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Microscopic Septet : Seven Men in Neckties: The History of the Micros Vol. 1

Acquire this two-volume, four-disc set and you’ll not only own much of the recorded output of the Microscopic Septet (a.k.a. the Micros), you’ll also travel back to a time in New York’s “downtown” history when the band played haunts like the Ear Inn, the Dive, the Peppermint Lounge, Studio Henry and the recently shuttered CBGB. Co-led by soprano saxophonist Phillip Johnston and pianist Joel Forrester, the Micros-with four saxes plus rhythm-brought strong playing and impeccable craftsmanship to the table, even as they shattered stylistic boundaries and proved that art music could be infectiously fun.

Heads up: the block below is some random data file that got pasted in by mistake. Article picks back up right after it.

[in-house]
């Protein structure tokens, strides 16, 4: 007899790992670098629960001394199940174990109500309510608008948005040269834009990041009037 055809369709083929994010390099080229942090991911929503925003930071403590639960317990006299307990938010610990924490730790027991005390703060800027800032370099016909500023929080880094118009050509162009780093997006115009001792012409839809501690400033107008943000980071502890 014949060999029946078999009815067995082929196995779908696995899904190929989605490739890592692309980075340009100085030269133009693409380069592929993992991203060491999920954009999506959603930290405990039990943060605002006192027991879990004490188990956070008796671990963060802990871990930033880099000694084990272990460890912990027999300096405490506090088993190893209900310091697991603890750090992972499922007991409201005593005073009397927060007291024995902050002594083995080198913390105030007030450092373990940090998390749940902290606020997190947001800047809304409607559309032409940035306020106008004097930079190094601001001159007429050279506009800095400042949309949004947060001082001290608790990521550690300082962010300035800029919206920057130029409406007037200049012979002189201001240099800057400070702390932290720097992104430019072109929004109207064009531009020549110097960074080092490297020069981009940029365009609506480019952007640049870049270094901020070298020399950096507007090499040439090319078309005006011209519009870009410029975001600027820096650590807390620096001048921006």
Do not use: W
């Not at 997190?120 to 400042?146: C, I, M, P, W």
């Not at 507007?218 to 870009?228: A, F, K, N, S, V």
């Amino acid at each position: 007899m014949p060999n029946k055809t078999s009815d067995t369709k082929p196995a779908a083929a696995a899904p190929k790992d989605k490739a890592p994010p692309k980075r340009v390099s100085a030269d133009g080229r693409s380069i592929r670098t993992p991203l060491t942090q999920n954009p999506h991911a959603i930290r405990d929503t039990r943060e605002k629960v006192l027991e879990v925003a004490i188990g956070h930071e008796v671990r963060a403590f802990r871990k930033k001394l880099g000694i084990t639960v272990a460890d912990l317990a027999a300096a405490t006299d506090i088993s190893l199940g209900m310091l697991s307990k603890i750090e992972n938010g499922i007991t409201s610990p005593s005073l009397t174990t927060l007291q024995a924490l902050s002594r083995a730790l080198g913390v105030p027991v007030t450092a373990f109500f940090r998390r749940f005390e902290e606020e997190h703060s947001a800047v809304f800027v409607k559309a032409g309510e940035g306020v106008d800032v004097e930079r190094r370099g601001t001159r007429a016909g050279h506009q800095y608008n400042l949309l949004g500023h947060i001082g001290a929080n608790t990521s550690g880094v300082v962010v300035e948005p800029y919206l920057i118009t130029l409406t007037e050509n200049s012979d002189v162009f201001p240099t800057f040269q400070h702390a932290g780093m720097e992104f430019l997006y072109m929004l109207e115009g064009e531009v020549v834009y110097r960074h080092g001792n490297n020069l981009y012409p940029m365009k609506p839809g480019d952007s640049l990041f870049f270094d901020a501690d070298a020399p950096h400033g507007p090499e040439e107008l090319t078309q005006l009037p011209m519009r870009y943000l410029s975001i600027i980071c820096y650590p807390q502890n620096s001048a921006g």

“[At] the time, some people were very weirded out by our kidding around in the music,” writes Johnston in his notes to Volume One, titled Seven Men in Neckties. Of course, the Micros didn’t kid around in a vacuum. Groups like the Jazz Passengers and the Lounge Lizards also did their parts, but the Microscopic Septet stood out with its unique synthesis of swing, bop, tango, cha-cha-cha, jump blues, boogie and heaven knows what else, all refracted through an ’80s avant-garde prism. They achieved modest mainstream success, emerging from neighborhood bars to play the Blue Note, the Village Gate and the JVC Jazz Festival. And they set a tone of high camp that one still finds in the work of Gutbucket, Sex Mob and the Millennial Territory Orchestra.

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